ANSI/TIA-568 defines structured cabling system standards for commercial buildings, and between buildings in campus environments. The bulk of the standards define cabling types, distances, connectors, cable system architectures, cable termination standards and performance characteristics, cable installation requirements and methods of testing installed cable. The main standard, ANSI/TIA-568.0-D defines general requirements, while ANSI/TIA-568-C.2 focuses on components of balanced twisted-pair cable systems. ANSI/TIA-568.3-D addresses components of fiber optic cable systems, and ANSI/TIA-568-C.4, addressed coaxial cabling components.[6]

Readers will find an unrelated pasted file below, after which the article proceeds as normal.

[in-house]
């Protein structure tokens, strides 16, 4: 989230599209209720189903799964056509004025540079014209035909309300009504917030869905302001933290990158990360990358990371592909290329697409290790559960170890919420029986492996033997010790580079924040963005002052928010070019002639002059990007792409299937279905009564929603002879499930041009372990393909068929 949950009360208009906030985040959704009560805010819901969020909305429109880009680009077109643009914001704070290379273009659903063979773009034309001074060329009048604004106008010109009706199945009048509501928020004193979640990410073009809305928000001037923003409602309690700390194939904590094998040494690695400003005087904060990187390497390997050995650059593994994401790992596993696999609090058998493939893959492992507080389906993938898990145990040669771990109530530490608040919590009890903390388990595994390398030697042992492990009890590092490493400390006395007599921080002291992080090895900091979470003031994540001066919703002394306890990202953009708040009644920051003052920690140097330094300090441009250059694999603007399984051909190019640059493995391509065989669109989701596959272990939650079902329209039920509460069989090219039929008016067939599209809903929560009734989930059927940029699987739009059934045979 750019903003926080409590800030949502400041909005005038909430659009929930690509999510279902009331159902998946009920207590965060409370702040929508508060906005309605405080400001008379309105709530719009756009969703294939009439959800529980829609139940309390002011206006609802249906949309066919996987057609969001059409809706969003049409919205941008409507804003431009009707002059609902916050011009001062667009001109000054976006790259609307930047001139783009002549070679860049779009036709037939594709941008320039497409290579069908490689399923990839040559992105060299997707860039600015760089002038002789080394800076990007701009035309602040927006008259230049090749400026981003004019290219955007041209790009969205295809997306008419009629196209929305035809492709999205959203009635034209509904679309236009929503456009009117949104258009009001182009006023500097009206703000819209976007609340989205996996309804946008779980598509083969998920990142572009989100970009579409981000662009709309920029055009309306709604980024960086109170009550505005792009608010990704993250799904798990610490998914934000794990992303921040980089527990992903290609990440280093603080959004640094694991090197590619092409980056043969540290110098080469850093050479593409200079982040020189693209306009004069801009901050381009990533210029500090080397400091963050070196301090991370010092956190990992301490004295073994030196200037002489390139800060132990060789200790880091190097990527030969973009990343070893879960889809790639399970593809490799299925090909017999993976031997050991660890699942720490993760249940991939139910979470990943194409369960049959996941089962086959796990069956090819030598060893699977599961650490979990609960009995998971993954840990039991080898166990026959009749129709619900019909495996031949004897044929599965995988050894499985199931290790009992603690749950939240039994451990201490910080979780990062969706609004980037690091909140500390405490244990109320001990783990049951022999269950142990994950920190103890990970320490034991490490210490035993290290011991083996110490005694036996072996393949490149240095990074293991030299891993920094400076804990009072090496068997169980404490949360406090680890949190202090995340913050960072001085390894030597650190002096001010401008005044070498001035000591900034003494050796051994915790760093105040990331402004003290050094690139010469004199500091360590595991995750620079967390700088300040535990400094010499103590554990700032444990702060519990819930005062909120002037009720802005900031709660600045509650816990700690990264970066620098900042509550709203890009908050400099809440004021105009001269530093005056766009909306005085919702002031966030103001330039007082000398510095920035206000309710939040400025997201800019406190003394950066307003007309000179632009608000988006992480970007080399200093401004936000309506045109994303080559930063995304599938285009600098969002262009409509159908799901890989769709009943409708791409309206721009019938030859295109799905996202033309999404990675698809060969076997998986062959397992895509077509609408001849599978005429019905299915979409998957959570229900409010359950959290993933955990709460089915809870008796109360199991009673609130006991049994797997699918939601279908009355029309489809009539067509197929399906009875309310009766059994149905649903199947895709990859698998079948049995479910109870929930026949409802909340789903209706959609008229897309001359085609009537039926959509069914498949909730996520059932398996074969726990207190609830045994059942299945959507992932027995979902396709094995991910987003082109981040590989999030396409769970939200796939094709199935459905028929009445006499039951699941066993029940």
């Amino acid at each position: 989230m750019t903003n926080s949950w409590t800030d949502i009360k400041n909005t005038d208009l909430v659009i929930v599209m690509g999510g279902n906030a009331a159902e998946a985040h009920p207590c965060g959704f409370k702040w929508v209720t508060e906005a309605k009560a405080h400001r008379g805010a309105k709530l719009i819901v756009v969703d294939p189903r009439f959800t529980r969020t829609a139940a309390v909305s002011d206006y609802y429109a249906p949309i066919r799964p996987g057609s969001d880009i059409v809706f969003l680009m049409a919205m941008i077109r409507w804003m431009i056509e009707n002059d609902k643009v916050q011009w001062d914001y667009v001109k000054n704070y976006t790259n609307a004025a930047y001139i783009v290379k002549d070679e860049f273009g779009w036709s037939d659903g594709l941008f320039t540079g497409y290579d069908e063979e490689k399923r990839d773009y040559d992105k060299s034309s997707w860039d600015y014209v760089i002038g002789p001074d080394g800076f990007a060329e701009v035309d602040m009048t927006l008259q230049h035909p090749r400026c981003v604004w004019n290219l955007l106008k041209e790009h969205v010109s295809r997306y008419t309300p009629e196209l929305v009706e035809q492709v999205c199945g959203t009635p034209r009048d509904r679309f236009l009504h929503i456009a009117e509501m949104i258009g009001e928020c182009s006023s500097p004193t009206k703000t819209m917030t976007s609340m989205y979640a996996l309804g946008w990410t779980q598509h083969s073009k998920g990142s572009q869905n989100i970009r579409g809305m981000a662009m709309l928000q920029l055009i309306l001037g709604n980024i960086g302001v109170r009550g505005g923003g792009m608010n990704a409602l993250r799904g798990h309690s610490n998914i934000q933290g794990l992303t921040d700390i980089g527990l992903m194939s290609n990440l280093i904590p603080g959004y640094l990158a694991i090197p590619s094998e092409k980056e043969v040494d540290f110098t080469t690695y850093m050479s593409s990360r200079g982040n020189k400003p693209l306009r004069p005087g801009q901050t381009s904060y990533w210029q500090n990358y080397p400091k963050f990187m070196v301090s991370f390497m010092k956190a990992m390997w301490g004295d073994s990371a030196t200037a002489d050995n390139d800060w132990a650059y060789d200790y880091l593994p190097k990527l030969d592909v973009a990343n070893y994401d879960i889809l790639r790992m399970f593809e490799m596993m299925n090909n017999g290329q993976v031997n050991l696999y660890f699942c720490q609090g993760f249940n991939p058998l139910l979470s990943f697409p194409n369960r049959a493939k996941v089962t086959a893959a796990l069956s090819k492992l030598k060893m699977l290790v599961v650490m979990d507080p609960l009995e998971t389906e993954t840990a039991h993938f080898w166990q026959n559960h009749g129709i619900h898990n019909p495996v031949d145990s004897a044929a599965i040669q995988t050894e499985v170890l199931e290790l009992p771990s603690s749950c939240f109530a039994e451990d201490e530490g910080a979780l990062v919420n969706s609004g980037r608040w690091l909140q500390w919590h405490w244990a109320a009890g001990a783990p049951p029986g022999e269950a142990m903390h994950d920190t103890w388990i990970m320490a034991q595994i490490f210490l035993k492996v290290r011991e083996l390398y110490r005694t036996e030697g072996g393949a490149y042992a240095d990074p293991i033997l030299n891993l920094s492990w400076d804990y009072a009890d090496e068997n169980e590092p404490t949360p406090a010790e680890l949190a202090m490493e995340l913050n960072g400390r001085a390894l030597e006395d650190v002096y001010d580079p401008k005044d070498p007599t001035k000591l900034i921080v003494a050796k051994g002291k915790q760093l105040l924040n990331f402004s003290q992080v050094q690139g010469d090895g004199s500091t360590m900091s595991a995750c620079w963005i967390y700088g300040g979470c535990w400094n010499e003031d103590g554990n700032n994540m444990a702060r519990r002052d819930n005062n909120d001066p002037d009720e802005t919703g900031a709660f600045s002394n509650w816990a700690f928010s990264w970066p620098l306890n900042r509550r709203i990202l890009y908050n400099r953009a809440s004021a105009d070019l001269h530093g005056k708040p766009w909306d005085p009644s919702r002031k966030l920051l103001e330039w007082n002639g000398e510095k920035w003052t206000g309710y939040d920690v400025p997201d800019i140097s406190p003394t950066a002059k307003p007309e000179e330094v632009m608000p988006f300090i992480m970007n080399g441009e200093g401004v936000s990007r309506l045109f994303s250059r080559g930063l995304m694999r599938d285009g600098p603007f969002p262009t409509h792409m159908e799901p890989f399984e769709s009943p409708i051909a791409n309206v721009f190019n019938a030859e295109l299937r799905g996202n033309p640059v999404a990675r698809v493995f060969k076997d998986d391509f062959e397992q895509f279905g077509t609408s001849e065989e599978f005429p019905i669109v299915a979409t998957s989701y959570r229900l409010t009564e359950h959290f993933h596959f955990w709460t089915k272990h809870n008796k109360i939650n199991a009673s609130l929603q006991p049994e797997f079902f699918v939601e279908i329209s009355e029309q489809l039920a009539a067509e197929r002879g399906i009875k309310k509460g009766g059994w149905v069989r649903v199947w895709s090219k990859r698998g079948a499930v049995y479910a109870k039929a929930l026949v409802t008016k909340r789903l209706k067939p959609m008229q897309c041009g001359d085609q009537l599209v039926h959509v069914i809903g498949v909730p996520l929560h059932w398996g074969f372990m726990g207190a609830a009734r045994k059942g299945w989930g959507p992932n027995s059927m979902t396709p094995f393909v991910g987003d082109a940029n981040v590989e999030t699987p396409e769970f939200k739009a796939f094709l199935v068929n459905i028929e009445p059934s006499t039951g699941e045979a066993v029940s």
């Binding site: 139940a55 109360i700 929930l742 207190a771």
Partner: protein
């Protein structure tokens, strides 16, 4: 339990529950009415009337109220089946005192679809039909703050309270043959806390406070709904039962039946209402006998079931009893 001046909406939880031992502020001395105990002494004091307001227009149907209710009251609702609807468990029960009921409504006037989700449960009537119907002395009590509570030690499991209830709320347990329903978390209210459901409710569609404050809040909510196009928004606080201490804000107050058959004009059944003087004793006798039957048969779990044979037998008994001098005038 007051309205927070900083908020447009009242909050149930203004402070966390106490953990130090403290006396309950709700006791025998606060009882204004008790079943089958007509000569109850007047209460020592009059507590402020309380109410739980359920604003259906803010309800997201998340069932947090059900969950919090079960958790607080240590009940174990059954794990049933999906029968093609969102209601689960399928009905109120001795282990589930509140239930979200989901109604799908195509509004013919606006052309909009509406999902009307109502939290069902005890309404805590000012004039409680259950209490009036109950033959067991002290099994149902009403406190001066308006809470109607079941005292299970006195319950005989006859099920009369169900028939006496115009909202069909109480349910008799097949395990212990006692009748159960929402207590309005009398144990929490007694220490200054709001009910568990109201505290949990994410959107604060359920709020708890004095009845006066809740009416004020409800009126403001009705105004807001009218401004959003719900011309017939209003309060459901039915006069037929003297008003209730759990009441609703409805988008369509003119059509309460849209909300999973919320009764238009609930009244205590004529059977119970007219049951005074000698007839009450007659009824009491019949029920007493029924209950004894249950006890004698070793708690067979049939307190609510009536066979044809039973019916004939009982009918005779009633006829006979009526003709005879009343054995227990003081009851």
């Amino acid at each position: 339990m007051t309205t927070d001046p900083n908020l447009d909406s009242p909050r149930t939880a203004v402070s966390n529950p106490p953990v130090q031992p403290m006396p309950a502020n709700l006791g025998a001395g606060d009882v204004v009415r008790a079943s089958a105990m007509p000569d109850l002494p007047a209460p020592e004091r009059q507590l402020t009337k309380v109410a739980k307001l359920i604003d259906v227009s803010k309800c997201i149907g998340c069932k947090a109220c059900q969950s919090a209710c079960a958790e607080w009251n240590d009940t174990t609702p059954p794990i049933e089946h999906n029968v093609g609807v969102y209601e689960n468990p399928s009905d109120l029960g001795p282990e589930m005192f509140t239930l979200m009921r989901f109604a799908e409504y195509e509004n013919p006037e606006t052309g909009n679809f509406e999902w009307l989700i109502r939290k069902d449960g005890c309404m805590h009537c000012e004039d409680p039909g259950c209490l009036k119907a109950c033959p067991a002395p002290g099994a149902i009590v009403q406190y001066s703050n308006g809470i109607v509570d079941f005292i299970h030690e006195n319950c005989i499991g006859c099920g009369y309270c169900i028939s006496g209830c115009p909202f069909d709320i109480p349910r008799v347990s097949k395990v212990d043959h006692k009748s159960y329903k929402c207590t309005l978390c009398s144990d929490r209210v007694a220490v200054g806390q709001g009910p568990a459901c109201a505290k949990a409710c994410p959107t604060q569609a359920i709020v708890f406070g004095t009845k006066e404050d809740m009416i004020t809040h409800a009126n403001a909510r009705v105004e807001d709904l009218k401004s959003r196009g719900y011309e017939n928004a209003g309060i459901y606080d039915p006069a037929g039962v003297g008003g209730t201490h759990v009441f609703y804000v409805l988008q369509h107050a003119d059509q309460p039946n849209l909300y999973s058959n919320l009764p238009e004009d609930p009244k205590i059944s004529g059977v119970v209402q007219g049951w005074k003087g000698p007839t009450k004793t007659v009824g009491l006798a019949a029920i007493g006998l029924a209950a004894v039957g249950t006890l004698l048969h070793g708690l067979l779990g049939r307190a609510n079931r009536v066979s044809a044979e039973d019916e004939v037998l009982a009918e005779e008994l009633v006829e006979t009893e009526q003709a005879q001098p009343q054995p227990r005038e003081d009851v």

The intent of these standards is to provide recommended practices for the design and installation of cabling systems that will support a wide variety of existing and future services. Developers hope the standards will provide a lifespan for commercial cabling systems in excess of ten years. This effort has been largely successful, as evidenced by the definition of Category 5 cabling in 1991,[citation needed] a cabling standard that (mostly) satisfied cabling requirements for 1000BASE-T, released in 1999. Thus, the standardization process can reasonably be said to have provided at least a nine-year lifespan for premises cabling, and arguably a longer one.

All these documents accompany related standards that define commercial pathways and spaces (TIA-569-C-1, February 2013), residential cabling (ANSI/TIA-570-C, August 2012), administration standards (ANSI/TIA-606-B, December 2015), grounding and bonding (TIA-607-C, November 2015), and outside plant cabling (TIA-758-B, April 2012).

Cable categories